A horse’s progress is not always linear — in fact, it is often not. There are hills and valleys in horsemanship, and as living creatures with their own autonomy, it is only fair that we meet the horse where they are at each time we interact with them.

Montana is a special guy. He has always been sensitive, and while he has let down a tremendous amount, this by no way means he is not still incredibly touchy. We started Montana under saddle (technically a restart, as someone had done some work with him as a youngster), and put a number of rides on him. By all accounts, he was doing very well. Then one day, seemingly out of nowhere, he bucked his rider off. Something shifted in Montana after that, a level of uncertainty entered back into him. Or, more likely, it was always there, but he was doing a good job of glossing over it, pretending like all was well until he reached a point where he was unable to keep pretending. At that point, it was back to the drawing board for Montana, to keep him from hurting himself or anyone else.

Lexee N has been working with Montana over the past months, helping him to build and rebuild his confidence and find more balance in his feet. This in turn helps him find relaxation. Recently, he has been spending more time exploring the ground with his nose, a move that is difficult for an uptight horse to achieve. Montana is still very sensitive about changing eyes, so Lexee has also spent a great deal of time working through this spot with him, helping him get more okay with things in his blind spots as they leave his one eye and move into his other. He also has a very difficult time with things above him, which is also related to changing eyes. Lexee spends time bumping Montana up to the fence so she can work on petting him from a high position, working on using the flag and the rope to pet him, and eventually working up to sitting in the saddle from the fence. In the latter exercise, staying committed to the fence is key — if Montana were to shy away, the person is able to quickly dismount without risk of getting taken off with.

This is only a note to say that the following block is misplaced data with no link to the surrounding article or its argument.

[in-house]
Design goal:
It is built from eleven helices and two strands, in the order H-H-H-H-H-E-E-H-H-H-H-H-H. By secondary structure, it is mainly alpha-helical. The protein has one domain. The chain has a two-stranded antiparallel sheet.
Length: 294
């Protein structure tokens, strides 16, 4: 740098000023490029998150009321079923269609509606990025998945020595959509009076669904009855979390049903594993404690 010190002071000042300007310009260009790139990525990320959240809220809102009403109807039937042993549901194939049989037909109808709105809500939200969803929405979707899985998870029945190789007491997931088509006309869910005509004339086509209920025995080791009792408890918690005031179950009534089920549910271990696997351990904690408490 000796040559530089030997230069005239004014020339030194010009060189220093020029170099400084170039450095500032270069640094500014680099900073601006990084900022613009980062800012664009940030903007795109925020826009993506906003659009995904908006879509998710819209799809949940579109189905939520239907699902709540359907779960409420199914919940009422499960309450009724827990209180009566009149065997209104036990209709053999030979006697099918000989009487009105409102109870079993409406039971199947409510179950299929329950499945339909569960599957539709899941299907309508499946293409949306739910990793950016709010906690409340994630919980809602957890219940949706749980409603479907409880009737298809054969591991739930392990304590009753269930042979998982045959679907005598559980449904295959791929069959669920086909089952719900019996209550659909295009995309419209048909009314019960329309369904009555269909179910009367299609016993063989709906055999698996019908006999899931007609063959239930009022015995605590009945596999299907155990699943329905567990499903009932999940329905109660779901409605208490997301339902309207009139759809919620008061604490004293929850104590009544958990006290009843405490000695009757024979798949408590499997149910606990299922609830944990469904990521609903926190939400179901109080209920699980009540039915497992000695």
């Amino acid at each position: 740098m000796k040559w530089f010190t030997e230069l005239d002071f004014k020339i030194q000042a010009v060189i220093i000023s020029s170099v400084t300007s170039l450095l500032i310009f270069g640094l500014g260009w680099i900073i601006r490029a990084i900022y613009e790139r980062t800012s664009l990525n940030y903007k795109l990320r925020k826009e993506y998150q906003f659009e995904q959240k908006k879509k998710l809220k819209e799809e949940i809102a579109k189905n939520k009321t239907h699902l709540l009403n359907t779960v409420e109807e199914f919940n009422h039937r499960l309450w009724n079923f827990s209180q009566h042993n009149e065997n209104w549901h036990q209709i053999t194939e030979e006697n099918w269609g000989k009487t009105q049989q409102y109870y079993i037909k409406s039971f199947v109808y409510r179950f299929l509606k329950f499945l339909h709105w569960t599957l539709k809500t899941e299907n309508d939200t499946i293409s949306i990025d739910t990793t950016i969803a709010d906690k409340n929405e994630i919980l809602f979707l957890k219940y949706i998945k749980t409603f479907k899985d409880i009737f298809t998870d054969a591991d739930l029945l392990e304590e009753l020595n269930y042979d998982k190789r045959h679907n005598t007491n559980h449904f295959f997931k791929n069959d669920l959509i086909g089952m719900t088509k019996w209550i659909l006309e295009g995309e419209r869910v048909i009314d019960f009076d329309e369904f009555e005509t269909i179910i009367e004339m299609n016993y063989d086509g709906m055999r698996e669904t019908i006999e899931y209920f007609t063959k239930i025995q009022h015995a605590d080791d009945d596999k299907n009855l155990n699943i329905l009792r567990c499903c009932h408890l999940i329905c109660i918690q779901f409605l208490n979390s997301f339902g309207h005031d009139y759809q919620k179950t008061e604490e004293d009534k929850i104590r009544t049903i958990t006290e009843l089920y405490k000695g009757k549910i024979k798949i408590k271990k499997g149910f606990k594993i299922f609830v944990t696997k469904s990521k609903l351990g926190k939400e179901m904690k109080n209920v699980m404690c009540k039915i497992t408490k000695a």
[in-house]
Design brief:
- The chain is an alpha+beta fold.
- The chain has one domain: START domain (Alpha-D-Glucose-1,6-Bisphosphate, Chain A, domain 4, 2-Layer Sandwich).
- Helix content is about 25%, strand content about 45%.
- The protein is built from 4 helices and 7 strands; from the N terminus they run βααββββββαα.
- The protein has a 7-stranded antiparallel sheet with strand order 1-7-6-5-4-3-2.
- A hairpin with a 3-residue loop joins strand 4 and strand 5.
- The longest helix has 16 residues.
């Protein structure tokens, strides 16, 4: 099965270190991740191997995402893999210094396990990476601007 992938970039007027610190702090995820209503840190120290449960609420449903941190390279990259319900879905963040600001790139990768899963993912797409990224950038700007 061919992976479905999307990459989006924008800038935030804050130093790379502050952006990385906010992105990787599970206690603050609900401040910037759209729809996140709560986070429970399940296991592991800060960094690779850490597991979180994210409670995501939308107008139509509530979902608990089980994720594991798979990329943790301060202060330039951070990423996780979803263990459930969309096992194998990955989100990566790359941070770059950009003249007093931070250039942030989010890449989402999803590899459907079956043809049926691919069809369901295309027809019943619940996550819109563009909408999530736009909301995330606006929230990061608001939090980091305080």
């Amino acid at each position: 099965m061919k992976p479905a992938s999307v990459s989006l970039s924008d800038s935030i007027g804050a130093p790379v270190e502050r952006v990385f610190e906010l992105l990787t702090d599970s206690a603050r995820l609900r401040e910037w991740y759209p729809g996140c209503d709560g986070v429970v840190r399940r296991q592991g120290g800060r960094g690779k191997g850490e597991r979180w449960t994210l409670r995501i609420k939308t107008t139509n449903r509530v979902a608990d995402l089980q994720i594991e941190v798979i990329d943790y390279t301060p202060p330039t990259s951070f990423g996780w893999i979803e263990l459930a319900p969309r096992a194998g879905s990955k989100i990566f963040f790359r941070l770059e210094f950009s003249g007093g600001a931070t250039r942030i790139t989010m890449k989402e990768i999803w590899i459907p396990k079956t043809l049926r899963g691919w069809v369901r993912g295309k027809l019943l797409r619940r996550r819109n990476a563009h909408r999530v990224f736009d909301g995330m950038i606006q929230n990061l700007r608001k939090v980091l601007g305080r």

While it is true that Montana has come a long way from the petrified horse he was when we met him, he still has a long way to go, particularly as a riding horse. As a companion however, Montana really has blossomed. He is a kind leader in his herd with other horses, and he has made leaps and bounds when it comes to his trust of people. He can still play hard to catch, but he knows the routine well these days, and at turn-in or grass time, makes it easy for nearly anyone to halter him. He is a gentleman for the farrier, and stands well to be groomed. He is also, perhaps surprisingly, amazing at being hauled. Recently, Declan (who is notably anxious when it comes to trailering) had to take a trip. In order to make things a bit easier for him, we popped Montana on the trailer alongside him to be a supportive friend for the ride. Montana was content as a kitten, and Declan was much less anxious for his company.

It is in ways such as this that Montana is perhaps surprising, but it ties back into my original point which is that Montana’s progress is not linear, and that is okay. Montana will be given all the time and support he needs to continue to blossom into the horse he is under all that anxiety, and we will be there every step of the way to help him on his journey.